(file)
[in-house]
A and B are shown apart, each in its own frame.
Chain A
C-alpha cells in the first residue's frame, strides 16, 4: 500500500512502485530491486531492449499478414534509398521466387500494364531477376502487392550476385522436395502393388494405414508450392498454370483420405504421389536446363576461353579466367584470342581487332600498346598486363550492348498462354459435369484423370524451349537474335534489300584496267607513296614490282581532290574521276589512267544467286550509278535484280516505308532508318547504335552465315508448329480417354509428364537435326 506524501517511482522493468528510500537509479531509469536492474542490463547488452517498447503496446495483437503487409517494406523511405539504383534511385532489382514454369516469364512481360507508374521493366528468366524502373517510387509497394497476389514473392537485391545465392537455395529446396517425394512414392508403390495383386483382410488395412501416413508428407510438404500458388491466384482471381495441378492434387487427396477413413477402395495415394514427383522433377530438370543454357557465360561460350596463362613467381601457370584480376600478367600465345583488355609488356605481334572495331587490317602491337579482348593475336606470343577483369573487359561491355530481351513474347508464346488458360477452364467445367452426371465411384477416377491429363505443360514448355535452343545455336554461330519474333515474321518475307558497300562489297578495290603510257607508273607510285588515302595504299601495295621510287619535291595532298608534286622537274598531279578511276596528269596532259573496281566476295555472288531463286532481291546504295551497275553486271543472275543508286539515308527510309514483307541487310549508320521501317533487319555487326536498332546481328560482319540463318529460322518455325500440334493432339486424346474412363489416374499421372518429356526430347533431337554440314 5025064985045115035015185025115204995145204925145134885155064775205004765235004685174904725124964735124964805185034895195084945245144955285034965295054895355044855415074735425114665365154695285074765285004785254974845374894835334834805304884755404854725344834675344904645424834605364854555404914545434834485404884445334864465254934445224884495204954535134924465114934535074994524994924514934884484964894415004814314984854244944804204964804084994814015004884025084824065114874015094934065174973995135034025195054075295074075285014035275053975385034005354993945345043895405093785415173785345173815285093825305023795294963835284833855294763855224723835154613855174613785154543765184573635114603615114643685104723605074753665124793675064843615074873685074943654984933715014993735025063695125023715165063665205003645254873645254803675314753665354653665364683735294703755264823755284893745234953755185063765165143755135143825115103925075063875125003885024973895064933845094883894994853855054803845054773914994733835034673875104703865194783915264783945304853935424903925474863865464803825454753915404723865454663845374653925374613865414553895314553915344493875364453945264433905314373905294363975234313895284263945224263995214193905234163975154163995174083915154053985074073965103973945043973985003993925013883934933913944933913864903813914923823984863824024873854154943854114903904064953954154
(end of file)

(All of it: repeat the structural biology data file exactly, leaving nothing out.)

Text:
[in-house]
A and B are shown apart, each in its own frame.
Chain A
C-alpha cells in the first residue's frame, strides 16, 4: 500500500512502485530491486531492449499478414534509398521466387500494364531477376502487392550476385522436395502393388494405414508450392498454370483420405504421389536446363576461353579466367584470342581487332600498346598486363550492348498462354459435369484423370524451349537474335534489300584496267607513296614490282581532290574521276589512267544467286550509278535484280516505308532508318547504335552465315508448329480417354509428364537435326 506524501517511482522493468528510500537509479531509469536492474542490463547488452517498447503496446495483437503487409517494406523511405539504383534511385532489382514454369516469364512481360507508374521493366528468366524502373517510387509497394497476389514473392537485391545465392537455395529446396517425394512414392508403390495383386483382410488395412501416413508428407510438404500458388491466384482471381495441378492434387487427396477413413477402395495415394514427383522433377530438370543454357557465360561460350596463362613467381601457370584480376600478367600465345583488355609488356605481334572495331587490317602491337579482348593475336606470343577483369573487359561491355530481351513474347508464346488458360477452364467445367452426371465411384477416377491429363505443360514448355535452343545455336554461330519474333515474321518475307558497300562489297578495290603510257607508273607510285588515302595504299601495295621510287619535291595532298608534286622537274598531279578511276596528269596532259573496281566476295555472288531463286532481291546504295551497275553486271543472275543508286539515308527510309514483307541487310549508320521501317533487319555487326536498332546481328560482319540463318529460322518455325500440334493432339486424346474412363489416374499421372518429356526430347533431337554440314 5025064985045115035015185025115204995145204925145134885155064775205004765235004685174904725124964735124964805185034895195084945245144955285034965295054895355044855415074735425114665365154695285074765285004785254974845374894835334834805304884755404854725344834675344904645424834605364854555404914545434834485404884445334864465254934445224884495204954535134924465114934535074994524994924514934884484964894415004814314984854244944804204964804084994814015004884025084824065114874015094934065174973995135034025195054075295074075285014035275053975385034005354993945345043895405093785415173785345173815285093825305023795294963835284833855294763855224723835154613855174613785154543765184573635114603615114643685104723605074753665124793675064843615074873685074943654984933715014993735025063695125023715165063665205003645254873645254803675314753665354653665364683735294703755264823755284893745234953755185063765165143755135143825115103925075063875125003885024973895064933845094883894994853855054803845054773914994733835034673875104703865194783915264783945304853935424903925474863865464803825454753915404723865454663845374653925374613865414553895314553915344493875364453945264433905314373905294363975234313895284263945224263995214193905234163975154163995174083915154053985074073965103973945043973985003993925013883934933913944933913864903813914923823984863824024873854154943854114903904064953954154